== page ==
The Work

January 14, 2009 2:35 PM

Internal Report: Racial and Political Bias at Justice Department

Posted by Brian Baxter

Bradley Schlozman

Sibling publication Legal Times reports that the Justice Department's Office of Professional Responsibility (OPR) and Office of the Inspector General (OIG) have released a 67-page report into allegations of politicized hiring and personnel practices in the Justice Department's Civil Rights Division.

The findings cast a particularly harsh light on Bradley Schlozman (right), a former principal deputy attorney general in the Civil Rights Division whom the OPR and OIG accuse of racial and political bias in the three years in which he controlled employment decisions for entry-level government lawyers.

In their report, investigators cite e-mails written by Schlozman, as well as interviews with more than 120 current and former Justice Department employees. Among the allegations: that Schlozman preferred what he called RTA's or "right-thinking Americans" over prospective applicants he felt adhered to "Mao's little red book." The report also states that Schlozman labeled liberal lawyers "commies" and "pinkos" whom he did not consider "real Americans," and of transferring one subordinate because the lawyer allegedly wrote in "ebonics."

Schlozman led the civil rights division from 2003 until 2007 when he was appointed interim U.S. attorney for the Western District of Missouri after Todd Graves was forced out in a Main Justice purge of several U.S. attorneys. (Graves is now a name partner at Graves Bartle Marcus & Garrett in Kansas City, Mo.)

The subsequent scandal brought Schlozman before the Senate Judiciary Committee in 2007 where he testified that political affiliations never made their way into his hiring decisions. In the 67-page report released on Tuesday, Inspector General Glenn Fine and OPR chief Marshall Jarrett suggested that Schlozman may have perjured himself by making that claim.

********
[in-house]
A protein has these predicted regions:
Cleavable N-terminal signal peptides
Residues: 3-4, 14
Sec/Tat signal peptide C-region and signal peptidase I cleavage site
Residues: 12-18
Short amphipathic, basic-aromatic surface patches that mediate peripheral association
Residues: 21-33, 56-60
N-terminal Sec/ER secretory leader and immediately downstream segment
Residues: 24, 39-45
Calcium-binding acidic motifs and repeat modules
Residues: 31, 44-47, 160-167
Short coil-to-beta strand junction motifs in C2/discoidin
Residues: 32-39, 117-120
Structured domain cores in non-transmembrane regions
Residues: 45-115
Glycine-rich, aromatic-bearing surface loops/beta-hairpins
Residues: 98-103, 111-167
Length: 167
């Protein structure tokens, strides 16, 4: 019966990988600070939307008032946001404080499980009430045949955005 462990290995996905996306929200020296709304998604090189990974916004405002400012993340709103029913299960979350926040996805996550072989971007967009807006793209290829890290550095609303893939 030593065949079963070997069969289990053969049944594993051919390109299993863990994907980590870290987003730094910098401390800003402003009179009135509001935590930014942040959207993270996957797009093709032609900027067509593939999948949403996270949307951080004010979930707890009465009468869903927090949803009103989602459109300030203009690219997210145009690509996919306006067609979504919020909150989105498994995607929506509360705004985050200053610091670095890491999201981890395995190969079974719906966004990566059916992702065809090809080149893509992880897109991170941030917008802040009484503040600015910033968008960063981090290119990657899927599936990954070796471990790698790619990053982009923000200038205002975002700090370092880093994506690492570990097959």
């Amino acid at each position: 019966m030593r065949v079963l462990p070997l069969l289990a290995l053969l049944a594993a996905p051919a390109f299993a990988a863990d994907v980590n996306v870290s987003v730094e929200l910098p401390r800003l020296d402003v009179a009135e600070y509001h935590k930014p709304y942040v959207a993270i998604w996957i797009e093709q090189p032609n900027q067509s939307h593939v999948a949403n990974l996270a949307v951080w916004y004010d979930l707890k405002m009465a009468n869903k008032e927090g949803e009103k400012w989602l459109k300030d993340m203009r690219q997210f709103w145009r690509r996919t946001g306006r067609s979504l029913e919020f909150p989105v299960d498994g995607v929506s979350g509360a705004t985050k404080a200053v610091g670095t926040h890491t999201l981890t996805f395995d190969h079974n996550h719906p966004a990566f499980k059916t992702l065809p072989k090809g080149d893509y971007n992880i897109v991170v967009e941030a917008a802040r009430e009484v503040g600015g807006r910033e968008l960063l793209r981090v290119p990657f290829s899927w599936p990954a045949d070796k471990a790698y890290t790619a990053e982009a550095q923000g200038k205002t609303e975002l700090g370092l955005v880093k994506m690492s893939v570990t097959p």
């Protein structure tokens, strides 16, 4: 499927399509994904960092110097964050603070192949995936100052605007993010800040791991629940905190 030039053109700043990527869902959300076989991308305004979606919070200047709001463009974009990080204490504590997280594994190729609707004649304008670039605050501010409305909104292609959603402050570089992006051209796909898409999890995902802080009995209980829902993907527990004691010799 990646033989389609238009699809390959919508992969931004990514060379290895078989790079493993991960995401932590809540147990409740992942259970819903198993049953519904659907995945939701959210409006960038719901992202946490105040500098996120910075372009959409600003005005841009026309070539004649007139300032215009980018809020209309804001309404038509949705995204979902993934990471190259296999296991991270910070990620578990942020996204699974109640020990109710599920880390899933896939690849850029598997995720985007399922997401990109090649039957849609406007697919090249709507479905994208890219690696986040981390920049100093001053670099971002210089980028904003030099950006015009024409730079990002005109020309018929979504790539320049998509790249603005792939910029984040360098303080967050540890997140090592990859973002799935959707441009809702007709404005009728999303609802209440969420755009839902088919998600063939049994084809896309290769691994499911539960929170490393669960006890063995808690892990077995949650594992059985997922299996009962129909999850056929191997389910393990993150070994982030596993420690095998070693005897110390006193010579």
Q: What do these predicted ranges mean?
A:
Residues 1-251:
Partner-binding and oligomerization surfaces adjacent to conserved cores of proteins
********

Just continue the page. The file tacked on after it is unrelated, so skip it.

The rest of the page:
The OPR-OIG report states that in March 2008 investigators referred their findings in the matter to the U.S. attorney's office for the District of Columbia for a decision about whether to pursue criminal charges against Schlozman. But while Justice Department spokesman Peter Carr called the OIG-OPR report "troubling" in a statement released on Tuesday, the U.S. attorney's office declined to prosecute Schlozman on January 9.

Schlozman, who resigned from the Justice Department in August 2007, previously worked in the U.S. Supreme Court and appellate litigation practice at Howrey in Washington, D.C. He's now employed in an of counsel capacity with Wichita's Hinkle Elkouri where he practices employment and tax law.

Schlozman's attorney, Alston & Bird litigation and government investigations partner William Jordan, blasted the OIG-OPR report as biased in an e-mailed statement.

"[Schlozman] hired individuals from across the political and ideological spectrum based upon their academic records, respect for the rule of law, and their ability to separate personal views from the enforcement activities of the Civil Rights Division," Jordan said in the statement. "[T]he fact that the OIG refuses to put the information that Mr. Schlozman provided to the government in its report--as well as the fact that he took and passed a polygraph exam with flying colors--shows how flawed, incomplete, and biased its report truly is."

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